It’s been five days since the last surgery, and the lampshade lies in the corner of the kitchen.  The vet said we wouldn’t need it at all this time, that Fin was so old and stiff he probably couldn’t reach the stitches near his anus where another tumor was removed.  But as soon as the anesthesia wore off, he was at it, curled in a ball, gnawing at the stitches and licking with all his healing power focused in the muscles of his tongue.  A fifty-pound dog with a homespun haircut, survivor of four surgeries and a month of chemo. 

By now the itching has subsided and we free him from his collar.  The tumor came from male hormones, the vet said, and he’d probably get another unless we neutered him.  (Baldness results from male hormones too, according to my husband, but he has not taken desperate measures.)  I’ve never seen the point of circumcision or any of that meddling, but I have little expertise in the matter, being female and interior and deriving femaleness from factors other than the overtly sexual. “Once he’s out,” laughed the assistant vet who had no idea of Fin’s heroic victories over cancer cells in riot, “of course we should neuter him.” 

Of course?   Fin tiptoes around miniature poodles.  He assumes the submissive position when a terrier merely clears his throat, just as my father opted to remain silent when my mother yapped about coffee grains spilled on the counter, or his inability to fix a leaky faucet (he wasn’t one with the physical world), or his third bourbon, which she considered excessive.  “I wanted him to fight back,” she later confided, “to be strong.”   My father probably thought there was manliness in restraint, but he wouldn’t have articulated that.   

Fin’s true love was a stalwart male boxer that snarled and charged when we approached.  While I cringed, Finny pranced.  He’d smell the dog a hundred yards away and dash into the woods while I sprinted behind, yelling futile commands until I found him whining and dancing around the boxer whose owner waited patiently, her dog on a leash, while I attempted to catch mine.  Fin had spark, not swagger.   And like an aristocrat of Ancient Greece, he didn’t split hairs about sexual orientation.

When I took Fin for stitches removal, I said, “The dog has lost his drive.  He lies around all day.”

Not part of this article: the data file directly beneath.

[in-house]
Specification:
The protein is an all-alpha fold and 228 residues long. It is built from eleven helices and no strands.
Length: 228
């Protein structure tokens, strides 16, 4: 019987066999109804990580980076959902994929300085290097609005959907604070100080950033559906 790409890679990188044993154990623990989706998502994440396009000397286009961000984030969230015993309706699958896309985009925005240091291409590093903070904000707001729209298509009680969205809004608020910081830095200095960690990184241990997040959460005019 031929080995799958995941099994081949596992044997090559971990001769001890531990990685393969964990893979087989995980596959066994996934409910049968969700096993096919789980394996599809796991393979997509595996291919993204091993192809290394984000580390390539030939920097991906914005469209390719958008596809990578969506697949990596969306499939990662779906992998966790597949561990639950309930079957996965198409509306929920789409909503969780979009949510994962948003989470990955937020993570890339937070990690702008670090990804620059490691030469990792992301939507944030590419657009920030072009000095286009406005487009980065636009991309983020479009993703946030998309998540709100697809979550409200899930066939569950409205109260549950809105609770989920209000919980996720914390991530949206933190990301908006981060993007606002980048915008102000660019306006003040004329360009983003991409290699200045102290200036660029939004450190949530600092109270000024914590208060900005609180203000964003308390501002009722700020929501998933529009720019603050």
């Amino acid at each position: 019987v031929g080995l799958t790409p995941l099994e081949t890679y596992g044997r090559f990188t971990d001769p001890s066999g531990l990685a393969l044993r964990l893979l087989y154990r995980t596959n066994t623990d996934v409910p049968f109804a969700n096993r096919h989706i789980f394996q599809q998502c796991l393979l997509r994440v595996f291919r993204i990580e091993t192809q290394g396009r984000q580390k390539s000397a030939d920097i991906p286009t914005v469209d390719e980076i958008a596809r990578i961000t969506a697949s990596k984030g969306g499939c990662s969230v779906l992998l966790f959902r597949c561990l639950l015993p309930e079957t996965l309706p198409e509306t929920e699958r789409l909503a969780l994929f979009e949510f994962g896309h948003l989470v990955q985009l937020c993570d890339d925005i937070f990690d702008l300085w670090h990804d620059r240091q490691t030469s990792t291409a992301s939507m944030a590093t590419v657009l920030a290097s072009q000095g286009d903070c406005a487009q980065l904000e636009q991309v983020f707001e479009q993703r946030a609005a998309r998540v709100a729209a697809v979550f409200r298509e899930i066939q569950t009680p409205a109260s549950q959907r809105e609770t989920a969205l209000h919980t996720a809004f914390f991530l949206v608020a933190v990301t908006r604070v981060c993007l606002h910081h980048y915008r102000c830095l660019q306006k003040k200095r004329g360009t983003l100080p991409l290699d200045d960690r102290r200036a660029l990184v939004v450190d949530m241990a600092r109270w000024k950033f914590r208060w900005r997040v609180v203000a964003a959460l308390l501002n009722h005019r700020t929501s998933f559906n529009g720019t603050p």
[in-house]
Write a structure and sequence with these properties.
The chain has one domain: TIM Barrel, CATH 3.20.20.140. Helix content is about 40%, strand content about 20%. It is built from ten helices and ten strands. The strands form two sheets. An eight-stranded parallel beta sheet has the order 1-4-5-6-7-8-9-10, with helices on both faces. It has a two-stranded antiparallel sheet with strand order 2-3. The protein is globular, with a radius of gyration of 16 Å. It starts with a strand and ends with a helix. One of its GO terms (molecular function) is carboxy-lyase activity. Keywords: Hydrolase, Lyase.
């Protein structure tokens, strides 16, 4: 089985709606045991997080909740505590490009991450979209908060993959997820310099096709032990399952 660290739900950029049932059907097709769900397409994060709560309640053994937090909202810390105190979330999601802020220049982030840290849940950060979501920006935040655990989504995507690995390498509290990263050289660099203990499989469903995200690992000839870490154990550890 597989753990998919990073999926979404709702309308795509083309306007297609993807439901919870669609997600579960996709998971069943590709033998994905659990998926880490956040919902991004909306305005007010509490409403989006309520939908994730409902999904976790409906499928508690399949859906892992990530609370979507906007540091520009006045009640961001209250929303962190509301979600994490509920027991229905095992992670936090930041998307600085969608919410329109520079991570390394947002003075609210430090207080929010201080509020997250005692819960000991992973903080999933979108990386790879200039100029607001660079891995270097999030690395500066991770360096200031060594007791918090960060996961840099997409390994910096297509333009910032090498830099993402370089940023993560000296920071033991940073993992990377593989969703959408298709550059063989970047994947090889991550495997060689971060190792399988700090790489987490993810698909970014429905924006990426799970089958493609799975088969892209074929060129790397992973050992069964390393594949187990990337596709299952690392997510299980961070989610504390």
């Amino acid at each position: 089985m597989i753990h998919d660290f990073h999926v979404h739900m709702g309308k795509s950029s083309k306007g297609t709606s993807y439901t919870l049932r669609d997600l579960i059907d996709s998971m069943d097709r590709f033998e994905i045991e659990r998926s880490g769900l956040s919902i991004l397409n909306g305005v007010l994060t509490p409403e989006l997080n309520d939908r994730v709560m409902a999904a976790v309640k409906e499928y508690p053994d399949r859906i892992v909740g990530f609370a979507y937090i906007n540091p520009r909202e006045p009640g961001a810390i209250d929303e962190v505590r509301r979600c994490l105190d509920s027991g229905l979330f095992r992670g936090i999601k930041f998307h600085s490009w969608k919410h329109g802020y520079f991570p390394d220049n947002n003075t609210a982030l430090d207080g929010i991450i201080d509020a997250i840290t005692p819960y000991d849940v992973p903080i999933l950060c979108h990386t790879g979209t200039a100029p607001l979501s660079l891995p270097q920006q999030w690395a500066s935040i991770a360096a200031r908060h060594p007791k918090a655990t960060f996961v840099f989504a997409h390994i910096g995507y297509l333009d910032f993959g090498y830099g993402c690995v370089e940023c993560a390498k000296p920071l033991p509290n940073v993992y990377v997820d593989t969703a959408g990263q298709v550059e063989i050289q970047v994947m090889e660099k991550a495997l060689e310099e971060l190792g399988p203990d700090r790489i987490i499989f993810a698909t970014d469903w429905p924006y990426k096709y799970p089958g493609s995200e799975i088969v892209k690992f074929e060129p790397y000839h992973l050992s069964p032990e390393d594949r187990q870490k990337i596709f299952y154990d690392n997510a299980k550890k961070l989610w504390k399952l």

Again the upstart assistant laughed, “It takes a few weeks for the hormones to get out of the system, it’s not that.”   

It’s definitely that.  Months later Fin has further refined the art of immobility to an even greater extent than my father who, while still in possession of his jewels, found running depressing and considered diving into a pool and gliding to the other end sufficient exercise for the day.  As the sun rages and temperatures accelerate to three digits, Fin lies on his side on the cool stone hallway and fails to respond when I put on the leash and tug, pulling him across the floor.

Once I nudge him with my foot and he realizes the inevitable (like the third alarm after you hit snooze three times) he’s up.  Outside, a scent in his elaborate olfactory world captivates him and we linger while he snuffs and grunts and paws at an old clump of leaves to get closer to a trace of deer, another dog, a bit of pizza crust spilled from a garbage can at which point I try to enumerate three external stimuli that lit my world today and decide if they’re more or less ephemeral than pizza crust.

At noon the sun has topped the old oaks and maples leaning over the backyard and sunlight blares with the relentless intensity of oil trucks grinding up the hill.  These are siesta hours for Fin.  No meals going on right now, his primary raison d’etre like most men over the age of twenty-five.